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Different Approaches

Did you preheat the metal prior to powder coating? I always preheat used parts, usually at 400º for 30 minutes. It will burn off any oils or impurities in the metal. After it cools, I then clean it with acetone and a lint free cloth. Then powder coat with your primer and top coats. The preheat out gasses so it doesn't show up in the final product.
I've tried a number of different approaches with and without pre heating at different temperatures. In my experience, the 50 year old plus pot metal degassing is very random. I've had pieces looking great up through the primer coat. Then, I run the least amount of heat possible for the color top coat with bubbles coming out on the final pass. After wet sanding, I'll run a second pass of the top coat again with the least amount of heat and sometimes the results are good while other times I will get even more bubbles. I'm really at the mercy of the chemistry of the particular OEM batch of vintage pot metal that was used to mold the part. For pot metal parts, I've had better success using reproduction parts. Powder coating and baking the stainless or any steel is obviously a piece of cake.

Also, even if I have a really pitted piece of pot metal, I will go really thick with the powder coat primer. I will wet sand this primer coat, which will provide a nice smooth base for a 2k paint. So I've had success using powder coat as a filler. I'm sure I could explore methods, but it has really been a trail and error process for me learning as I go.
 

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Black and chrome is one of the best combinations for me, and I appreciate a good matte black. Haven't considered it for my own car because I can't imagine how hot it would get in the midwest sun...
I agree. I think sometimes mixing chrome accents can really enhance the lines of the car and draw ones eyes towards particular areas of detail.
 

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I like all different paint finishes on the body and both chrome and brushed finish on trim, but I have yet to see a car that was made better by blacking out the chrome. Just doesn’t work for me.

I also don’t care for black wheels, though a chrome or polished lip can help.
 

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LOL, I back dated my wiper arms to polished as I just think it matches windshield surrounds better on my 69/70's . Everyone has an opinion ;)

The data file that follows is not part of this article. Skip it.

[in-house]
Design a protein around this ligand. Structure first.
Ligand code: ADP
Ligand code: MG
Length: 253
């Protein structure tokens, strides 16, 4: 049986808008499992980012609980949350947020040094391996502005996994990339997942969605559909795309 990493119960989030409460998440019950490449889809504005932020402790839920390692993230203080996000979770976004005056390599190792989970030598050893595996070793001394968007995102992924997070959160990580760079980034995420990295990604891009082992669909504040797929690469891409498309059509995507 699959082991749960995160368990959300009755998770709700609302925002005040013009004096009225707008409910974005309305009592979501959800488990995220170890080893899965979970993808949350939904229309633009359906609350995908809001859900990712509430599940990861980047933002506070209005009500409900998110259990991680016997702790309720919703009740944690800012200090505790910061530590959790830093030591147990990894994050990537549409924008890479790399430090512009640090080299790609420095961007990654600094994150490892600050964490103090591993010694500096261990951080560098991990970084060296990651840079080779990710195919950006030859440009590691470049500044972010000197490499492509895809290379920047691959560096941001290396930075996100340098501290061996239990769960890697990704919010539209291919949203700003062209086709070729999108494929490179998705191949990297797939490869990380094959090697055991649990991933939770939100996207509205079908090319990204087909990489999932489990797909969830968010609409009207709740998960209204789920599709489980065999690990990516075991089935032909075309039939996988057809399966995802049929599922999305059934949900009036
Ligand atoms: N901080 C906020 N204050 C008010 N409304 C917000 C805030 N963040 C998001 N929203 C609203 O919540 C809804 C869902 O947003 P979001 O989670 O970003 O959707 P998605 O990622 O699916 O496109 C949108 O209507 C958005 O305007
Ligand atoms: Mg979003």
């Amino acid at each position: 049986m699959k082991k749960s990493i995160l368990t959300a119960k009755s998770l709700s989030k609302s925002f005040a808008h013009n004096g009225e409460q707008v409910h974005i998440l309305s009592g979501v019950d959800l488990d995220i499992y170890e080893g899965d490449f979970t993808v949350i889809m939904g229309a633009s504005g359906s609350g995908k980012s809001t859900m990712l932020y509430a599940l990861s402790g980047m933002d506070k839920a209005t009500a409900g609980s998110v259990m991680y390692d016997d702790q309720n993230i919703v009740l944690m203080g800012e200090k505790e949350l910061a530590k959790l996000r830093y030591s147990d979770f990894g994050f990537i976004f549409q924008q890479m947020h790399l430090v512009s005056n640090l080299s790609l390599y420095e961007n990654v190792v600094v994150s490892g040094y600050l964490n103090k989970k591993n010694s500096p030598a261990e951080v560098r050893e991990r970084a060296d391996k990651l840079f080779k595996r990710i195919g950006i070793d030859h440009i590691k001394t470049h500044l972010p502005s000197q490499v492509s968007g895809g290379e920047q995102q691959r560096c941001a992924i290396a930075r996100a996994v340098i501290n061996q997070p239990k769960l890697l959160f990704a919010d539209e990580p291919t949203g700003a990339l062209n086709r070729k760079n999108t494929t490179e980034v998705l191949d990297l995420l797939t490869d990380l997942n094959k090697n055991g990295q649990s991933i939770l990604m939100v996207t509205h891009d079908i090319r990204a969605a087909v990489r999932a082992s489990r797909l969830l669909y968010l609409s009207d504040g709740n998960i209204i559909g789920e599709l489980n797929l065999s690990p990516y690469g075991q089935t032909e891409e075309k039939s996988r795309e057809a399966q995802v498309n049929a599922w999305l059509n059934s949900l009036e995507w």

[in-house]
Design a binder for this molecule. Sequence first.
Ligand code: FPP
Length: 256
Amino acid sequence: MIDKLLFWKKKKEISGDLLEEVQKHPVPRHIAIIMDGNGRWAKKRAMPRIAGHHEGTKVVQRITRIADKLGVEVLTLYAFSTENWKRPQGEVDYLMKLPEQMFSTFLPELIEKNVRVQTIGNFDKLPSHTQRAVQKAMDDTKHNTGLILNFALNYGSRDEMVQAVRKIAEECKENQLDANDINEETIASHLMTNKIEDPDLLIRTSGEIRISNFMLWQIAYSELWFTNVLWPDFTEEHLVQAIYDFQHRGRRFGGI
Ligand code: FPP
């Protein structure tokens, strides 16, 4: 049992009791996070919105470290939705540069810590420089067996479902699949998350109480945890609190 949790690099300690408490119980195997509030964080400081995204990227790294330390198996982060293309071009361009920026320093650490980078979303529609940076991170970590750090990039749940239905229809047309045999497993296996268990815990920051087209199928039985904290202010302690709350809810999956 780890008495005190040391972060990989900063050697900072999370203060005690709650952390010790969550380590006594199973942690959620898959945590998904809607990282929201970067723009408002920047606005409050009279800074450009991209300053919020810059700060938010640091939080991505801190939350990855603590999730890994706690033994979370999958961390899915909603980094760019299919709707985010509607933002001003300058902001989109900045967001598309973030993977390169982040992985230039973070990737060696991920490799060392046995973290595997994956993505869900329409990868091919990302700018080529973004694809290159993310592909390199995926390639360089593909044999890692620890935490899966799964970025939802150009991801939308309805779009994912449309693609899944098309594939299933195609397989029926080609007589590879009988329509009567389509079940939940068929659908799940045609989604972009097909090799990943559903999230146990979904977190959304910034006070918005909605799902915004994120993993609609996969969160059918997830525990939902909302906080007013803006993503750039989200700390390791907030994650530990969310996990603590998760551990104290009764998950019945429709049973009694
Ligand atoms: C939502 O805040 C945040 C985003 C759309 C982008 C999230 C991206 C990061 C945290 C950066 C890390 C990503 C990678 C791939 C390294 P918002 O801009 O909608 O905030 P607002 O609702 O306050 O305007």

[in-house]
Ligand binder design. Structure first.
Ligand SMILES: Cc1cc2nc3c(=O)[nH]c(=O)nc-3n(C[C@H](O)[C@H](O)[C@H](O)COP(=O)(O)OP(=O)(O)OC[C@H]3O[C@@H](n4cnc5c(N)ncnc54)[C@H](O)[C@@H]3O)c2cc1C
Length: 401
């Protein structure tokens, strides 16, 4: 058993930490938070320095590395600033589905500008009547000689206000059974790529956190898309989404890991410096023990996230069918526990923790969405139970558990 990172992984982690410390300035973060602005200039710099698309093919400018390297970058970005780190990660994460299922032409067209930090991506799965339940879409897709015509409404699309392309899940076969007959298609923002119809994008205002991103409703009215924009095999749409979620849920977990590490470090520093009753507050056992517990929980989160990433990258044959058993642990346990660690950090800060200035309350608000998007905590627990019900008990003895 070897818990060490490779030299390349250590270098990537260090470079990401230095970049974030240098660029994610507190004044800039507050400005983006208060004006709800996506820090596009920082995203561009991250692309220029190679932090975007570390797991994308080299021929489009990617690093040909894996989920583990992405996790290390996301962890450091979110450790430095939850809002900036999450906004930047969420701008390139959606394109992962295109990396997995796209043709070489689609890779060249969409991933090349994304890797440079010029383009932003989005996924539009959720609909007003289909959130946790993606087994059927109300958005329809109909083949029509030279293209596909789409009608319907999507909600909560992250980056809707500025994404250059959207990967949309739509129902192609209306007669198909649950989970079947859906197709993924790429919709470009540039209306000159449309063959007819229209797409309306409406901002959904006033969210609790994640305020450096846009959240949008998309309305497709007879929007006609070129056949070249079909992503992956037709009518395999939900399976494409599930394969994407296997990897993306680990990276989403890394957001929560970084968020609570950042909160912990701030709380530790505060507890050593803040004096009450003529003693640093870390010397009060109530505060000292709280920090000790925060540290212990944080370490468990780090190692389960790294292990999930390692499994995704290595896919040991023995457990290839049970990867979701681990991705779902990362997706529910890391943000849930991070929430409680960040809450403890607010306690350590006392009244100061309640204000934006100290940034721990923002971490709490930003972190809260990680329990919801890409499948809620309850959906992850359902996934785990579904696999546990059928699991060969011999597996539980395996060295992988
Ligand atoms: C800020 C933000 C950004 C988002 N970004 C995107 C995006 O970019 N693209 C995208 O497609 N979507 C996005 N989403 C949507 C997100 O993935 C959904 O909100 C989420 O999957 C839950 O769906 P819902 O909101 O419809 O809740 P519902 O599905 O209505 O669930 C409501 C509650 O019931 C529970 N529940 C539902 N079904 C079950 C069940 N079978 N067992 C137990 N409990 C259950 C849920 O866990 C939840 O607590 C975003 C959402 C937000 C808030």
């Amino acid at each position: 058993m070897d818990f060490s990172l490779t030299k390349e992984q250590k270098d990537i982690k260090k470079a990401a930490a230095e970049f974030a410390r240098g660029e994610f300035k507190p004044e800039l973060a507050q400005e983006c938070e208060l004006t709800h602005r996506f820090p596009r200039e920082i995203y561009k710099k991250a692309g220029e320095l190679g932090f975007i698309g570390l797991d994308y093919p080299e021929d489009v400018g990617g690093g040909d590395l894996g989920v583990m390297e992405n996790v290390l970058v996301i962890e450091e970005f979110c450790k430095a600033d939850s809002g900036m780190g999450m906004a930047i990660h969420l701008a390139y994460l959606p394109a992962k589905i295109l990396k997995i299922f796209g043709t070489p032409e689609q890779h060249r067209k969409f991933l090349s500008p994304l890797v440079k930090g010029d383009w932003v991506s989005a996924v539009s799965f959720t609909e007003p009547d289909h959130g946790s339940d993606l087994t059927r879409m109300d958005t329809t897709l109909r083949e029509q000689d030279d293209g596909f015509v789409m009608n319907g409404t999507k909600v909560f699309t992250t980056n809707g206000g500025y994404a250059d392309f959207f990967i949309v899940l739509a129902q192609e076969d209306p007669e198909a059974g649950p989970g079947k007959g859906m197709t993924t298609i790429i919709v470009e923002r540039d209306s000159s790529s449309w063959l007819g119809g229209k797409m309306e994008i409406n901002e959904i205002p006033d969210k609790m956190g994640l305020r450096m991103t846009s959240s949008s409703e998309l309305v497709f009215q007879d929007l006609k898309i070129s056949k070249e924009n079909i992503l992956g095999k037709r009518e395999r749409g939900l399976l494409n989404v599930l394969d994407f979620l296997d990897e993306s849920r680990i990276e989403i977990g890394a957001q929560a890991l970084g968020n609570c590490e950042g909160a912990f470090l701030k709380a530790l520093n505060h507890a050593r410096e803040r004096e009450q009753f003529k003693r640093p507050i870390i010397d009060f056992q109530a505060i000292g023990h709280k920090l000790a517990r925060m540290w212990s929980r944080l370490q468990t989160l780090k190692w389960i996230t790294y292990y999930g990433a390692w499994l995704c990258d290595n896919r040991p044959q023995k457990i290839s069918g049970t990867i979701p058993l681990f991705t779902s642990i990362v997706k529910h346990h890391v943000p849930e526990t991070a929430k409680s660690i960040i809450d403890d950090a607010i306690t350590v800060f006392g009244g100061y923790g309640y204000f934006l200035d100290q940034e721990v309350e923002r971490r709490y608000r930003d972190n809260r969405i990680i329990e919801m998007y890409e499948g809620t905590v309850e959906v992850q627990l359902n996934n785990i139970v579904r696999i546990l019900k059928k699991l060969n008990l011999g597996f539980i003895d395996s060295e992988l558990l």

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I love the aesthetic for a restomod build. I have a convertible build in progress where I powder coated all of the molding and stainless. The majority of my original pot metal pieces degassed too much in the oven, so I had to resort to paint for some items. However, reproduction pot metal parts appear to do much better surviving the oven.







I know this is old and sorry for bringing the thread back but what powdercoat/paint did you use trying to find color to do mine in thank you, would be much appreciated🙏🙏🙏
 

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If you want to try a satin finish, you can do a vinyl wrap. It's more expensive than plastidip but comes out way better and is not permanent. Plus, a good vinyl job will last longer, comes in many colors, and can be removed/replaced if you want something different.
 

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It's a mix of Cardinal Black 60 and 40 percent Gloss. For the paint parts, I used the SEM trim black. I think Eastwood even offers a 2k rattle can trim black paint.
What brand powder do you use? Eastwood has a smi gloss black that is pretty close to your black. They also have a black chrome that does pretty well. I tried the Powder Coating Powder, Colors & Supplies | Prismatic Powders Black Chrome but I couldn't get the effect I wanted without applying it extra thick.
 

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Here’s mine with the fender tops and headlight buckets done with plasti-dip too. Far from perfect, but if and when I actually have the car painted, I will definitely go with this look.

 

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I'm definitely doing this to my windshield wiper arms. Those suckers blind me sometimes on a sunny day.
I used a flat silver paint, a bit less noticable than black.
 

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I only did my tail light panel, used Plasti dip spray can, been on the car for about four years now, gotta be careful with the gas though, it eats the stuff but easy to touch up.
I might redo it in real paint - - someday, maybe.
 
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